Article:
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the REXX Files- by Dr. Dirk Terrell

I had a discussion with someone this month about using REXX to composite HTML files instead of using Server-Side Includes (SSI) on an HTTP server. SSI provides some very useful capabilities, and in some cases it is the only way to accomplish a given task. However, it can greatly decrease the performance of a server if each file has to be scanned before sending it. Basically, SSI works by scanning an HTML file for special commands before sending it to the requesting web browser.

One common example of using SSI is the inclusion of header and footer text on all pages of a web site. In this particular case, it might make more sense to use REXX to composite the HTML files together before placing them on the server. Let's look at an implementation of an HTML preprocessor written in REXX. (Of course, this could be used for any text file, not just HTML.)

Basically what we want to do is embed special markers in a text file that tell our preprocessor what to do. For HTML, an obvious choice would be to use HTML comment tags with the preprocessor commands inside them. Recall that an HTML comment tag is of the form:

<!--- some text --->
So let's use HTML comments to embed a preprocessor command to include a file at the location of the command. For clarity, let's call the file with the preprocessor commands in it the source file and the processed file to be created the target file. The source file might look like this:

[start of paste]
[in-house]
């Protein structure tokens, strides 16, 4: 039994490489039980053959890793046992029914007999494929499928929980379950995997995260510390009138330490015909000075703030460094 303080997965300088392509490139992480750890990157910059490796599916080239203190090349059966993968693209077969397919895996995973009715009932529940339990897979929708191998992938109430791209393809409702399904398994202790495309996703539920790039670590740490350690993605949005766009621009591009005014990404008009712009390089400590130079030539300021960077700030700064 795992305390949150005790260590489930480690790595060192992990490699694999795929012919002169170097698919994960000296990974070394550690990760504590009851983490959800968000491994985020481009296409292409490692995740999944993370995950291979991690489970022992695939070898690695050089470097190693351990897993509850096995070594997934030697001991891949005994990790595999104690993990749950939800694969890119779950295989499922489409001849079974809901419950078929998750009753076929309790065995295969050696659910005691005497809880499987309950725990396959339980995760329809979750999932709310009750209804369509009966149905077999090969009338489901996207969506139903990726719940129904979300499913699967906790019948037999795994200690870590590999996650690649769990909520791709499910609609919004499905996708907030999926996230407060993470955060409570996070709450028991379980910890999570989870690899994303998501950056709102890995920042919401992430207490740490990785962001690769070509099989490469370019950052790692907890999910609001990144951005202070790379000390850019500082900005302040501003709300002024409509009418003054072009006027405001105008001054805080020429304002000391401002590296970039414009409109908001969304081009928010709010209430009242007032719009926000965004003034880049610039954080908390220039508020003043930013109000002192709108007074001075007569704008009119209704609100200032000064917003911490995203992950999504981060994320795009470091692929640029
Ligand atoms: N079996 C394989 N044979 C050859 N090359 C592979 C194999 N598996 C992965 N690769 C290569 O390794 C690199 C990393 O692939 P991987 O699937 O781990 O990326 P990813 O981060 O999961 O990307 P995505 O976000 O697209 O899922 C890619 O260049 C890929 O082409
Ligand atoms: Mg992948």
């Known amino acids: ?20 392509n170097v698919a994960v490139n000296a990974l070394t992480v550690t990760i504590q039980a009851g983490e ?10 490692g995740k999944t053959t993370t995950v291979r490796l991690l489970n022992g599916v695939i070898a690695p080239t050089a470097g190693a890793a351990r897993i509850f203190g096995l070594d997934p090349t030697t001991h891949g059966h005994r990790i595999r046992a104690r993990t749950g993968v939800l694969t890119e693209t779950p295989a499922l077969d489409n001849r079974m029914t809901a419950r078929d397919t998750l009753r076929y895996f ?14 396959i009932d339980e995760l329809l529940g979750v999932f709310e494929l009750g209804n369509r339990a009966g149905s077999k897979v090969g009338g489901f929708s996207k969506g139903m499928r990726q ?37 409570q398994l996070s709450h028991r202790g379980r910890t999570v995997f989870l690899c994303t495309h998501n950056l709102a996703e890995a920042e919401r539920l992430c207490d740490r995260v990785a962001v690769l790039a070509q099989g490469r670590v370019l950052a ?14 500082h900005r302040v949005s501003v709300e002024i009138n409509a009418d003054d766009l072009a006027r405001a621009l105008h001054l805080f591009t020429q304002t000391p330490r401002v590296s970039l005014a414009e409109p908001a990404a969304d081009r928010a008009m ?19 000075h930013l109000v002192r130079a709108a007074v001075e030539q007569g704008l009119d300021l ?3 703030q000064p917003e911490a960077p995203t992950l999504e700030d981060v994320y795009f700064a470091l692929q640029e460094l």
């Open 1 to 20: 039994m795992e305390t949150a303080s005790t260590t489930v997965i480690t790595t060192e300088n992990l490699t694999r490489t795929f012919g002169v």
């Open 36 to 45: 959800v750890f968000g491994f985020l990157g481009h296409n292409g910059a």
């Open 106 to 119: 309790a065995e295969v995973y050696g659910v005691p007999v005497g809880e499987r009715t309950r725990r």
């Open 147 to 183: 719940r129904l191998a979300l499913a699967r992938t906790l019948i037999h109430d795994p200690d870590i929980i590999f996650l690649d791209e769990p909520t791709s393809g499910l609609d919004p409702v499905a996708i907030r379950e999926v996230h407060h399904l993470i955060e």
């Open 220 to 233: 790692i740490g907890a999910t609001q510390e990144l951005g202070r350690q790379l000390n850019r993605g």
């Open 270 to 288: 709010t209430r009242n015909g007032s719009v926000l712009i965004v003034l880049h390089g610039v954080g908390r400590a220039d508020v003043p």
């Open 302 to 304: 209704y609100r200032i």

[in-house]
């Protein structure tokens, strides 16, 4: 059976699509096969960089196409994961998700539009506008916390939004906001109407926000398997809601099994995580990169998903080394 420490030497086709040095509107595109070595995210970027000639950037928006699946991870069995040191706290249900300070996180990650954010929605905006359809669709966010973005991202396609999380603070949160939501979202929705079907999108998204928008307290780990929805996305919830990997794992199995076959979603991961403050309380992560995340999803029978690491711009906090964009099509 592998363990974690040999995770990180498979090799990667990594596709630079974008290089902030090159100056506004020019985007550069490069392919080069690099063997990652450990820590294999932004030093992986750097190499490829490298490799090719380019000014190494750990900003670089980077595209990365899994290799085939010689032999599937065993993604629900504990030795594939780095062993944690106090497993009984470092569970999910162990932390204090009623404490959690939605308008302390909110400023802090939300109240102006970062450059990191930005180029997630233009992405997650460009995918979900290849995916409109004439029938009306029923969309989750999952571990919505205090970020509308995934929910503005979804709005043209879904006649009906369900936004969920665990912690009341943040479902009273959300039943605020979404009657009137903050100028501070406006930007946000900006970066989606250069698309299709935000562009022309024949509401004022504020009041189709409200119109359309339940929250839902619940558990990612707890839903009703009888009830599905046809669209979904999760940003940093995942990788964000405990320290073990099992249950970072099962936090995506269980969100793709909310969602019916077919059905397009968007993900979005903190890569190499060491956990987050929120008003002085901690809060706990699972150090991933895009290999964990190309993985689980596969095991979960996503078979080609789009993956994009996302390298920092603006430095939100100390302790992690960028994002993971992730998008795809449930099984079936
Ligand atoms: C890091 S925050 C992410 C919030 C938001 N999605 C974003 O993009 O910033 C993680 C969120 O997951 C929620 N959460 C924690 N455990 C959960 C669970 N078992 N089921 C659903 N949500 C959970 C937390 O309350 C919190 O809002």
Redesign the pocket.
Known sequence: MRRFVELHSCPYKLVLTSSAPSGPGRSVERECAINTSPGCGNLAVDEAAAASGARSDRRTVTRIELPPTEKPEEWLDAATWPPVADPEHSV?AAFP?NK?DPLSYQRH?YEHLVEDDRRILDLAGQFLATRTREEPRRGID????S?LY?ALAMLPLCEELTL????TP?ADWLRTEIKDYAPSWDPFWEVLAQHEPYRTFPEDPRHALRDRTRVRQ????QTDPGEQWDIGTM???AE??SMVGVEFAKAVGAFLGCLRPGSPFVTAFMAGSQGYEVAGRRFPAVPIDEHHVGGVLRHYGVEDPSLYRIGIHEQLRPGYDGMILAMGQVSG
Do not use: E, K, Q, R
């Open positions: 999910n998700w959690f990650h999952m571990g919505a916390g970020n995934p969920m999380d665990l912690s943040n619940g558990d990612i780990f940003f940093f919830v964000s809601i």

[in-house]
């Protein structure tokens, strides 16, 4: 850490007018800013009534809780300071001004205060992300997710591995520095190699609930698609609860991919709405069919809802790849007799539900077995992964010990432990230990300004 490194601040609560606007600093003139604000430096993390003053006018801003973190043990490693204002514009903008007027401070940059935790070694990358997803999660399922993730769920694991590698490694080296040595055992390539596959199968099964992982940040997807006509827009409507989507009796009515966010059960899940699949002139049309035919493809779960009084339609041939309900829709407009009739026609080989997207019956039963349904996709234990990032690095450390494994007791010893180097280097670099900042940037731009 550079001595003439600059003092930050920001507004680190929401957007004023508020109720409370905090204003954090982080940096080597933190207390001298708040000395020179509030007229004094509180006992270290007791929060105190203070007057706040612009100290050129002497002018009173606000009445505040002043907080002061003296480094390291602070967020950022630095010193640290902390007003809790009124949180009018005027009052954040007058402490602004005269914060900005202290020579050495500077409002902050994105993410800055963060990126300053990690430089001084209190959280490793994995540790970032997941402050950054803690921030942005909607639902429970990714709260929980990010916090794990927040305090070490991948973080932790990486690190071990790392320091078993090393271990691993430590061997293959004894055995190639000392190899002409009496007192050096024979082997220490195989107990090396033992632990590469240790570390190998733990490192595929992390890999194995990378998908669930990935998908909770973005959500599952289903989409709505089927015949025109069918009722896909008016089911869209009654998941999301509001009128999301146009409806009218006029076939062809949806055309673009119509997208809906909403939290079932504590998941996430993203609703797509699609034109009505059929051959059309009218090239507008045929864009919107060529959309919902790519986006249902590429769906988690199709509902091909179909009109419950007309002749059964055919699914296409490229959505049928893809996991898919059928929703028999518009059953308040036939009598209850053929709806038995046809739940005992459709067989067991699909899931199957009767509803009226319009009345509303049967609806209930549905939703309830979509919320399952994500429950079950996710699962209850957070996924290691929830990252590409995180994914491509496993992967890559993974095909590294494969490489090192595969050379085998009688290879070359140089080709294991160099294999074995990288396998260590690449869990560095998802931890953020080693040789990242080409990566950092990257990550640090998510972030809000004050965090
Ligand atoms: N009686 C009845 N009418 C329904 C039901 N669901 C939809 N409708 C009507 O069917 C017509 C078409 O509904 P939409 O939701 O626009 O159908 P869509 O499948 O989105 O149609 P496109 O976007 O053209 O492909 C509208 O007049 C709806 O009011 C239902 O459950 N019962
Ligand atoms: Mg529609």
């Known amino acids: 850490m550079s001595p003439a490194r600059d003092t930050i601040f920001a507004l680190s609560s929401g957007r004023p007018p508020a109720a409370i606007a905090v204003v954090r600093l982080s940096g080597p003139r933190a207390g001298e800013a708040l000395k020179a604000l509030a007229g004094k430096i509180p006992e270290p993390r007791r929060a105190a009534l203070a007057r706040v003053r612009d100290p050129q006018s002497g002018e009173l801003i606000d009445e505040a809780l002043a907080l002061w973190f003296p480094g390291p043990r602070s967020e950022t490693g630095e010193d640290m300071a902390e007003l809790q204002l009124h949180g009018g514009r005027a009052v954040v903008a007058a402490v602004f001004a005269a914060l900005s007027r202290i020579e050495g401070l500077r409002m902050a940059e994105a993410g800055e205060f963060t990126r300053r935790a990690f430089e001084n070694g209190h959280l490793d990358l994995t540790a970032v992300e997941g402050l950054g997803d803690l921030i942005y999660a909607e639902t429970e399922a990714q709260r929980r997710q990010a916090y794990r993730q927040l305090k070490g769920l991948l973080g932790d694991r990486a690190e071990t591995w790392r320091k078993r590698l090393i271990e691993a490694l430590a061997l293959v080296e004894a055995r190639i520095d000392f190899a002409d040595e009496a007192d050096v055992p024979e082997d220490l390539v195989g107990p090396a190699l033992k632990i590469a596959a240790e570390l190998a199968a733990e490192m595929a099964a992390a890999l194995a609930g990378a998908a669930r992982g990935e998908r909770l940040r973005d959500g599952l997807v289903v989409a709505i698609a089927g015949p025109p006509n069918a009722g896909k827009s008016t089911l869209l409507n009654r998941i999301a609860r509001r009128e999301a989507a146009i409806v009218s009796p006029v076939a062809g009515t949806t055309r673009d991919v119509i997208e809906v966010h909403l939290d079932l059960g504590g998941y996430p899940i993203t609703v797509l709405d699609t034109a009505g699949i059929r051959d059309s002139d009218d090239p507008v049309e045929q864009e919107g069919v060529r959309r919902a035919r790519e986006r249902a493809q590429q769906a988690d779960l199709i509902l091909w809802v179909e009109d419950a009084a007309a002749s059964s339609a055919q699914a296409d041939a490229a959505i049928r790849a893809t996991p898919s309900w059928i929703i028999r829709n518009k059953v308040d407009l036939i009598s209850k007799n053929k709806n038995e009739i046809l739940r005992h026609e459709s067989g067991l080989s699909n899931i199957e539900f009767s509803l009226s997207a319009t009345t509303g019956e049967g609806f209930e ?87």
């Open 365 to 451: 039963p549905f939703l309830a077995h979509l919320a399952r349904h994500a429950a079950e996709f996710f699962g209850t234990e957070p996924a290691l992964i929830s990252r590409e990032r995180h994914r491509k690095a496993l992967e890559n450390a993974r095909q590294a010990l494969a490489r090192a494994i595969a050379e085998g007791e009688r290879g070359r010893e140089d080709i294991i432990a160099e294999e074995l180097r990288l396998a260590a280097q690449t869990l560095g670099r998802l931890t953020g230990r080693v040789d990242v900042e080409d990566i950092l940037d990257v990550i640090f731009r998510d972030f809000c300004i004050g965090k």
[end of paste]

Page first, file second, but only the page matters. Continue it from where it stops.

<!--- include header.src --->
On this page you will find links to other web sites containing OS/2 information...
<!--- include footer.src ---> 
In this file, we want the line
<!--- include header.src --->
to be replaced with the contents of the file header.src and the line
<!--- include footer.src --->
to be replaced with the contents of the file footer.src.

The first thing to do is read the contents of our target file into a variable. Obviously, you don't want to do that with very large (multi-megabyte) files, but HTML files are generally small enough that reading the entire contents of the file into memory poses no problems. Let's pass the source and target file names to the program on the command line and use PARSE ARG to retrieve them:

Parse Arg SourceFile Targetfile
Now that we know the name of the target file, we read its contents using the CHARIN function:
The variable NChars is the number of bytes contained in the source file, which is retrieved with the CHARS function. We need to know the number of bytes to tell the CHARIN function to read, and since we want to read the entire file, we use the result of CHARS as input to CHARIN.

The second parameter in the CHARIN function tells it where in the file (which byte number) to begin reading. We use 1 to start at the beginning of the file.

The third line closes the source file since we are now finished with it. It is always a good habit to close a file as soon as possible to free up its file handle since a limited number of file handles are available. If you find yourself reading lots of files in a REXX program and it is mysteriously crashing after the first few, chances are you are forgetting to close files and thus running out of file handles.